Allegations against professionals
Any information that suggests that a person who works (either in a paid capacity or as a volunteer) in a position of trust with children has harmed a child, committed a criminal offence against a child or behaved in an unsuitable way should be dealt with using this procedure.
All such allegations or concerns must be treated seriously and with an open mind.
These procedures also apply where an allegation is made against professionals in their personal lives.
What to do with allegations against professionals
Any member of staff who receives an allegation of this nature must inform their manager. The person receiving the allegation should follow the guidance set out in the page on dealing with a disclosure.
If the allegation is about a member of staff in the employ of the Department then the matter will be referred to the senior management team.
If the allegation is not about a member of staff in associated with the Department then your line manager will advise on the next steps.
If a child has clearly been harmed
If there is evidence that a child has been harmed or is at risk of harm there is a need for immediate action to be considered in line with child protection procedures.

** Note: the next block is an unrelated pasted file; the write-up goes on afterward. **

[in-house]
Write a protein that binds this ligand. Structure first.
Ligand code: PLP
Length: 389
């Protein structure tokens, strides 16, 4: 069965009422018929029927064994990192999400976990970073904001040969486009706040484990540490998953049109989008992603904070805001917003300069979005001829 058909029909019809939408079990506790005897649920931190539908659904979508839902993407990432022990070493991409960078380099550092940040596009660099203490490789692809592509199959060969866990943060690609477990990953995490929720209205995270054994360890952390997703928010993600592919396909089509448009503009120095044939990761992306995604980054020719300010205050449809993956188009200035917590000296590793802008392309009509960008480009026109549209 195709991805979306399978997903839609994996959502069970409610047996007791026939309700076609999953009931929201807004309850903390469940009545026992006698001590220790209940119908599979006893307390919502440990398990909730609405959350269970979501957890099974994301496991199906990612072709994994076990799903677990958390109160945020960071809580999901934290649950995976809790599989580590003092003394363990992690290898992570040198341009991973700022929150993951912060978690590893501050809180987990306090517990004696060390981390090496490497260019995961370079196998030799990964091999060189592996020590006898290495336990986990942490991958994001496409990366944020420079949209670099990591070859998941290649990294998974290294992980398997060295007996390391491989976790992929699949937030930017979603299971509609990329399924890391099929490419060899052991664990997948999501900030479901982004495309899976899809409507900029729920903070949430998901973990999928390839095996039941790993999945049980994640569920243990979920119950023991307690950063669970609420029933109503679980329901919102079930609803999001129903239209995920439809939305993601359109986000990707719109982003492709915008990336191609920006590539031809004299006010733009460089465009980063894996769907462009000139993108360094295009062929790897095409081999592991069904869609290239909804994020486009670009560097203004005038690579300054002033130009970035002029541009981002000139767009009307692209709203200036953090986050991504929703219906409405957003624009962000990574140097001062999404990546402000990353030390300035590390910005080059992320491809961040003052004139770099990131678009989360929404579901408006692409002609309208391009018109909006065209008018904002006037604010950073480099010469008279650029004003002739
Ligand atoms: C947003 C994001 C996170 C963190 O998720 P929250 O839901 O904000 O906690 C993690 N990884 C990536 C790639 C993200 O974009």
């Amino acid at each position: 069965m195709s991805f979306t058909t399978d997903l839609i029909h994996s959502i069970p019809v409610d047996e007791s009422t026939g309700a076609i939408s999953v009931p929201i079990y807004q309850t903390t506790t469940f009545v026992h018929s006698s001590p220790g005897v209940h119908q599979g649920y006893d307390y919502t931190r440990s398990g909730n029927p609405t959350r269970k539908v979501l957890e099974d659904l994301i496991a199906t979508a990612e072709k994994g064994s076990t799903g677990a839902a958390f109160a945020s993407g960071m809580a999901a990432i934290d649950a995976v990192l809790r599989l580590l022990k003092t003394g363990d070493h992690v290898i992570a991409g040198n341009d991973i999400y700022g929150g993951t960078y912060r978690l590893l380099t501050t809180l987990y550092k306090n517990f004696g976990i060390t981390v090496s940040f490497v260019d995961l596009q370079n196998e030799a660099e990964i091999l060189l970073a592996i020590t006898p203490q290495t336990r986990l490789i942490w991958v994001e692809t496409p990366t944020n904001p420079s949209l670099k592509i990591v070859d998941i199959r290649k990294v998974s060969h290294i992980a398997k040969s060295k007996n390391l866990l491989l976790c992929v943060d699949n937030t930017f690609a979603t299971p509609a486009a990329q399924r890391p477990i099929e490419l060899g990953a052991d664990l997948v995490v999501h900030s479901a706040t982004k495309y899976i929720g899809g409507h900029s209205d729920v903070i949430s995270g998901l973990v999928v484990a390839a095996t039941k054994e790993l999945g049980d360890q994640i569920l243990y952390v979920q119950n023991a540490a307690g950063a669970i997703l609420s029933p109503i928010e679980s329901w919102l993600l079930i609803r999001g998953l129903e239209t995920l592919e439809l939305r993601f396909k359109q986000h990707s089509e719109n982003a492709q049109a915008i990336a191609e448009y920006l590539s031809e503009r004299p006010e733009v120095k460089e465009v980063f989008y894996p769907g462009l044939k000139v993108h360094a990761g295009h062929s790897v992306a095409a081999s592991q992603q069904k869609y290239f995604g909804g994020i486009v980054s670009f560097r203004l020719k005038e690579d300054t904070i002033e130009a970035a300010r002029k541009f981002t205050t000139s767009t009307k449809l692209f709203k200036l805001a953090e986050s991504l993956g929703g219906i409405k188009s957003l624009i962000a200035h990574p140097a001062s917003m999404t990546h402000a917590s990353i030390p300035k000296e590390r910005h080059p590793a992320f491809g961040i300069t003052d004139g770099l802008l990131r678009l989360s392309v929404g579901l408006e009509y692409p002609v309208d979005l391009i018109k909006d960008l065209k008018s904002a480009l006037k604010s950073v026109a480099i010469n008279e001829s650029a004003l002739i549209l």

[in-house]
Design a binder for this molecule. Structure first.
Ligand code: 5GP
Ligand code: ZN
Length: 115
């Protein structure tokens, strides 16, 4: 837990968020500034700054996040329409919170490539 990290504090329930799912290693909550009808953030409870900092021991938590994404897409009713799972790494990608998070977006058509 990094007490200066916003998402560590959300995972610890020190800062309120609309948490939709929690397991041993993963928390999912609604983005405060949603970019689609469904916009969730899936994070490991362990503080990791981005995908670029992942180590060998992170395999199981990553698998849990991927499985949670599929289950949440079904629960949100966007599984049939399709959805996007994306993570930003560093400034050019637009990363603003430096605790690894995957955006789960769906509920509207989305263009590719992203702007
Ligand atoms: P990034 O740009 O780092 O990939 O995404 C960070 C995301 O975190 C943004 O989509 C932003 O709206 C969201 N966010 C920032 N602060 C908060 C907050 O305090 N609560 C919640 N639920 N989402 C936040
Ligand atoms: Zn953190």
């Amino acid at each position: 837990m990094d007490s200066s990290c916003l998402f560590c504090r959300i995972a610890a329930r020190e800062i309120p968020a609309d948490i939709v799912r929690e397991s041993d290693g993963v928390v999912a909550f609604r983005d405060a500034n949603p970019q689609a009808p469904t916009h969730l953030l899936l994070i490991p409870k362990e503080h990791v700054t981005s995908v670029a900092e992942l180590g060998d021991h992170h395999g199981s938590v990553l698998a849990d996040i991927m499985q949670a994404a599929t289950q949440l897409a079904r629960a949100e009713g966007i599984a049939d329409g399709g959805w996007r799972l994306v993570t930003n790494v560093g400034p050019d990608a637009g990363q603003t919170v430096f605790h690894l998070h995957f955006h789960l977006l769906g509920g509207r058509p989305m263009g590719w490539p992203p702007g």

Keeping yourself safe (safe care)
As a professional within the Department, you are in a position of trust in relation to all the children and vulnerable adults that you have contact with. Whilst following the suggestions below is not a guarantee that an allegation will not be made against you, it will ensure that the chances are very much reduced.
- If you are speaking with a child alone, make sure that any known issues of previous abuse (actual or suspected) are considered, and what this may therefore mean for the child. Explore with the child whether they would be happy for another professional to be present and if so who that would be (e.g. foster carer)
- When seeing a child alone, where possible ensure that doors are open (e.g. if in the child's bedroom) or there is another professional (e.g. foster carer) who has line of sight to where you are
- Ensure that if there is physical contact with children, this should be with the child's consent and consideration of any known issues around previous abuse (known or suspected)
- Avoid play fighting, tickling and wrestling games
- If a child is in appropriately dressed (e.g. in their underwear) ask that they put some clothes on before you speak with them.
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